FIG. 2 is a histogram showing that the amount of produced cartilage-degrading enzyme MMP-3 differs depending on the presence/absence of fullerene when cultured chondrocytes are treated with a cartilage degenerating factor (IL-1β or H2O2). The addition of fullerene decreased the amount of MMP-3 produced, which had been increased by the cartilage degenerating factor.

FIG. 3 is a histogram showing that the amount of produced cartilage-degrading enzyme MMP-13 differs depending on the presence/absence of fullerene when cultured chondrocytes are treated with a cartilage degenerating factor (IL-1β or H2O2). The addition of fullerene decreased the amount of MMP-13 produced, which had been increased by the cartilage degenerating factor.

FIG. 4 is a histogram showing that the amount of synthesized cartilage matrix (proteoglycan) differs depending on the presence/absence of fullerene when cultured chondrocytes are treated with a cartilage degenerating factor (IL-1β or H2O2). The addition of fullerene restored cartilage matrix synthesis, which had been decreased by the cartilage degenerating factor.

FIG. 5 is a photograph showing the results of measuring, by western blotting, the amount of proteoglycan produced in cultured chondrocytes after being treated with a cartilage degenerating factor. Amount of synthesized proteoglycan was shown to be restored by the addition of fullerene together with the cartilage degenerating factor.

FIG. 6 depicts the results of a sequential measurement of MMP-1 concentration in synovial fluid of the knee joints of osteoarthritis model (rabbit) administered with various concentrations of hydroxylated C60 fullerene or a control. The MMP-1 concentration in the control knees showed an increasing tendency with time, whereas a MMP-1 production inhibitory effect was observed in the knees administered with hydroxylated C60 fullerene.

FIG. 7 depicts the results of a sequential measurement of MMP-3 concentration in synovial fluid of the knee joints of osteoarthritis model (rabbit) administered with various concentrations of hydroxylated C60 fullerene or a control. No remarkable difference in MMP-3 concentration was observed between the control knees and the knees administered with hydroxylated C60 fullerene.

FIG. 8 depicts the results of a sequential measurement of MMP-13 concentration in synovial fluid of the knee joints of osteoarthritis model (rabbit) administered with various concentrations of hydroxylated C60 fullerene or a control. The MMP-13 concentration in the control knees showed an increasing tendency with time, whereas a MMP-13 production inhibitory effect was observed in the knees administered with hydroxylated C60 fullerene.

FIG. 9 depicts the results of comparing the therapeutic effect of hydroxylated C60 fullerene with that of hyaluronic acid formulation, using the osteoarthritis model (rabbit).

BEST MODE FOR CARRYING OUT THE INVENTION

First, the present invention provides pharmaceutical agents which inhibit the biological activities in chondrocytes capable of inducing cartilage degeneration, utilizing fullerenes, clathrate fullerenes, fullerene derivatives, and salts thereof (hereinbelow, may be called “fullerenes” in the present description). Fullerene is typically a molecule having a closed pseudo-spherical structure in which each of the 20 or more carbon atoms is bound to the adjacent three atoms. The known numbers of carbon atoms are 60, 70, 76, 78, and the like. In the present invention, any one of these fullerenes such as C60 and C70 can be suitably used, as long as it has an activity capable of scavenging reactive oxygen, or as long as it has a protective effect on a sliding surface of a joint. Moreover, fullerene derivatives such as heterofullerene, norfullerene, homofullerene, secofullerene, chemically modified fullerenes, fullerene polymers, and salts thereof can also be suitably used, as long as they have the abovementioned activity or effect. Chemical modifications include hydrogenation and addition of substituents to fullerene. Examples of substituents that can be added to fullerene include hydroxyl groups, but are not specifically limited thereto as long as the reactive oxygen scavenging ability of fullerene can be retained and cytotoxicity can be kept low. Moreover, the proportion of the additional substituents to carbons can be appropriately adjusted considering the reactive oxygen scavenging ability and influence on cytotoxicity. Besides modification using substituents, modification using hydrophilic high molecules and the like may be performed to improve fullerene compatibility with cells and tissues. Examples of such hydrophilic high molecules include polyethylene glycol, hyaluronic acid, and the like.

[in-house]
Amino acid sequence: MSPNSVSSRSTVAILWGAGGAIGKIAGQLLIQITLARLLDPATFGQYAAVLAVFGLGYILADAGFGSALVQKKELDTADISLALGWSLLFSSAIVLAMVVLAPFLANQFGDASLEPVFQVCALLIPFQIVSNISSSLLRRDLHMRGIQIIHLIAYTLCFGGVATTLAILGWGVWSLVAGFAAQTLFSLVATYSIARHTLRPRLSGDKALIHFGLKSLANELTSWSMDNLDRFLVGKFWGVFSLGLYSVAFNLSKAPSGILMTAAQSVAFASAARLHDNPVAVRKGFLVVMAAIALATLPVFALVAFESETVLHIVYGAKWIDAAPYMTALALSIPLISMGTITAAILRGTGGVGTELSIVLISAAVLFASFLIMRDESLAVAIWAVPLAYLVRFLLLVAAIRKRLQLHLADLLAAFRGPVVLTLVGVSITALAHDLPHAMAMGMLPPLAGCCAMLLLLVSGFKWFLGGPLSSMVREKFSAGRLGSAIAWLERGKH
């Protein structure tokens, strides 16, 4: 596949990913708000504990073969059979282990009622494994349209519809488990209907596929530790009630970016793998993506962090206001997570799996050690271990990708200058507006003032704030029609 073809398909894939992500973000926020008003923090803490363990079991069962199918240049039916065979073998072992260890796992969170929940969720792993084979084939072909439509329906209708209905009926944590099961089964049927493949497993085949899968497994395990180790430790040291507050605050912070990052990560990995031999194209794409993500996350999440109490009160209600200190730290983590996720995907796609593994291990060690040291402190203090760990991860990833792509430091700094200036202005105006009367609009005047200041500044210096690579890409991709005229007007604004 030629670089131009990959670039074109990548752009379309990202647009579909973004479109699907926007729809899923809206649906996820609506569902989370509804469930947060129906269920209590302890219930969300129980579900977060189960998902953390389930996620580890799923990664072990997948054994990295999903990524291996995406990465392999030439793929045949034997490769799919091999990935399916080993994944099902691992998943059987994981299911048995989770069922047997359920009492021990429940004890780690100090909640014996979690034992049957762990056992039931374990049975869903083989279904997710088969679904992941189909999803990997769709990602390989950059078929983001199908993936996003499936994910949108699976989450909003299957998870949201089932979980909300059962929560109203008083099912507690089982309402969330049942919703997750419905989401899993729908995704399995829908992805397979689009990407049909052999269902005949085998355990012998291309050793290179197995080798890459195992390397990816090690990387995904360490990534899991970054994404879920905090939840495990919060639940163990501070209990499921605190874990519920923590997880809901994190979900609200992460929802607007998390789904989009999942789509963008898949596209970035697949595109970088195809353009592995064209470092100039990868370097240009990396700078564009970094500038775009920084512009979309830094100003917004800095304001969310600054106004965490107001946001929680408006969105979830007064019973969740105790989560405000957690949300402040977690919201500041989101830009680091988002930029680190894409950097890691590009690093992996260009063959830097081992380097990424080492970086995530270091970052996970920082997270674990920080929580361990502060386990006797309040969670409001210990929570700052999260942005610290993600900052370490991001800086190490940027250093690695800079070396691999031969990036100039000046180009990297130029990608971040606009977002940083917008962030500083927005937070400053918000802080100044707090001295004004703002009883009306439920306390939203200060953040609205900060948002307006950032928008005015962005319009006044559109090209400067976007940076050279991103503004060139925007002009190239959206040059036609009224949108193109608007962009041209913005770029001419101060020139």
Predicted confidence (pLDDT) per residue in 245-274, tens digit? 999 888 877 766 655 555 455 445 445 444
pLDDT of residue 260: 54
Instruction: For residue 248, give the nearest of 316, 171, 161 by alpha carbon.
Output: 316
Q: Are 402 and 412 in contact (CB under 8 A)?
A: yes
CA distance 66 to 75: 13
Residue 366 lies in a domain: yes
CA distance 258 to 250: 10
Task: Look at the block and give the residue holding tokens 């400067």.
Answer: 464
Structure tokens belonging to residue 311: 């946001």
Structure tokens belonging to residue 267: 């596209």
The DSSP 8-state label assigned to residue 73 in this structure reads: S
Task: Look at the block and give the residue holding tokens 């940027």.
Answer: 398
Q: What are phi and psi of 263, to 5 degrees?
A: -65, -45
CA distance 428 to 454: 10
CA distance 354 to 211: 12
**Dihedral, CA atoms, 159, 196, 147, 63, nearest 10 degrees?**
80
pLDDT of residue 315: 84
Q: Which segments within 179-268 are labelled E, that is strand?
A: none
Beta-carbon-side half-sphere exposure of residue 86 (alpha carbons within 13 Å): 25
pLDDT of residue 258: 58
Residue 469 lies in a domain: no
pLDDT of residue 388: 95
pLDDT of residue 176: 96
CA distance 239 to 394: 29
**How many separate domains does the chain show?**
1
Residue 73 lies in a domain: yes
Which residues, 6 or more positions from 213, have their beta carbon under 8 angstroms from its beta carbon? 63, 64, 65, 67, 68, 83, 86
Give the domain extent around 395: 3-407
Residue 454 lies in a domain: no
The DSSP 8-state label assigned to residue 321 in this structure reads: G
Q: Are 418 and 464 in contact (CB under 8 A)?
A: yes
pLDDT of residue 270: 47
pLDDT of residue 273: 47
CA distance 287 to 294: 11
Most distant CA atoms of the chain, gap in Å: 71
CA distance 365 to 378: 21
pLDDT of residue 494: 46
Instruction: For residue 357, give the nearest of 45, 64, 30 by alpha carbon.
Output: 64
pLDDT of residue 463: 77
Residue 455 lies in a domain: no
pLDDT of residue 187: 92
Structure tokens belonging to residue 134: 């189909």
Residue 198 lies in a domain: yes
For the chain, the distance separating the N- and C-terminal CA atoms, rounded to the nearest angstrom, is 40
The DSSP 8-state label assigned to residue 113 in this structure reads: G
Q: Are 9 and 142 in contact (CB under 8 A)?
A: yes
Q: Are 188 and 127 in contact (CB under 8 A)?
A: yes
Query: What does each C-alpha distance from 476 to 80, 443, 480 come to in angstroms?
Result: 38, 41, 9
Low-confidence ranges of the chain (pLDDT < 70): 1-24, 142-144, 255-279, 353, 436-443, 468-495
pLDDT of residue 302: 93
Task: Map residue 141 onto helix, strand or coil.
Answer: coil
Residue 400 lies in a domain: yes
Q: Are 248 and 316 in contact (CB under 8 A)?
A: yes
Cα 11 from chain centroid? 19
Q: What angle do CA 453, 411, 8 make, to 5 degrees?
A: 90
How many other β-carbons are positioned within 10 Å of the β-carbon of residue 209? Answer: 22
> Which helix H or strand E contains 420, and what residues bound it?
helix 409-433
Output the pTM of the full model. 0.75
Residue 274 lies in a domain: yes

Fullerene is normally hydrophobic, and is poorly soluble in water. Therefore, fullerene may be made hydrophilic (water-solubilized) and used for the sake of formulation convenience or the like, when fullerene is used as an agent of the present invention. Examples of means for water-solubilizing fullerene include the addition of hydrophilic substituents such as a hydroxyl group, an amino group, and a carboxyl group. Hydroxylated fullerenes are examples of hydrophilic fullerenes that can be suitably used. Specific examples of commercially available hydroxylated fullerenes include “Nanom Spectra” manufactured by Frontier Carbon Corporation.

Moreover, other means for water-solubilizing fullerene include clathration with water-soluble high molecules (such as polyvinyl pyrrolidone (PVP)) or water-soluble macrocyclic compounds (such as cyclodextrin). Such clathrated fullerenes (clathrate fullerenes) are one of the “fullerenes” that are suitably used as an agent of the present invention.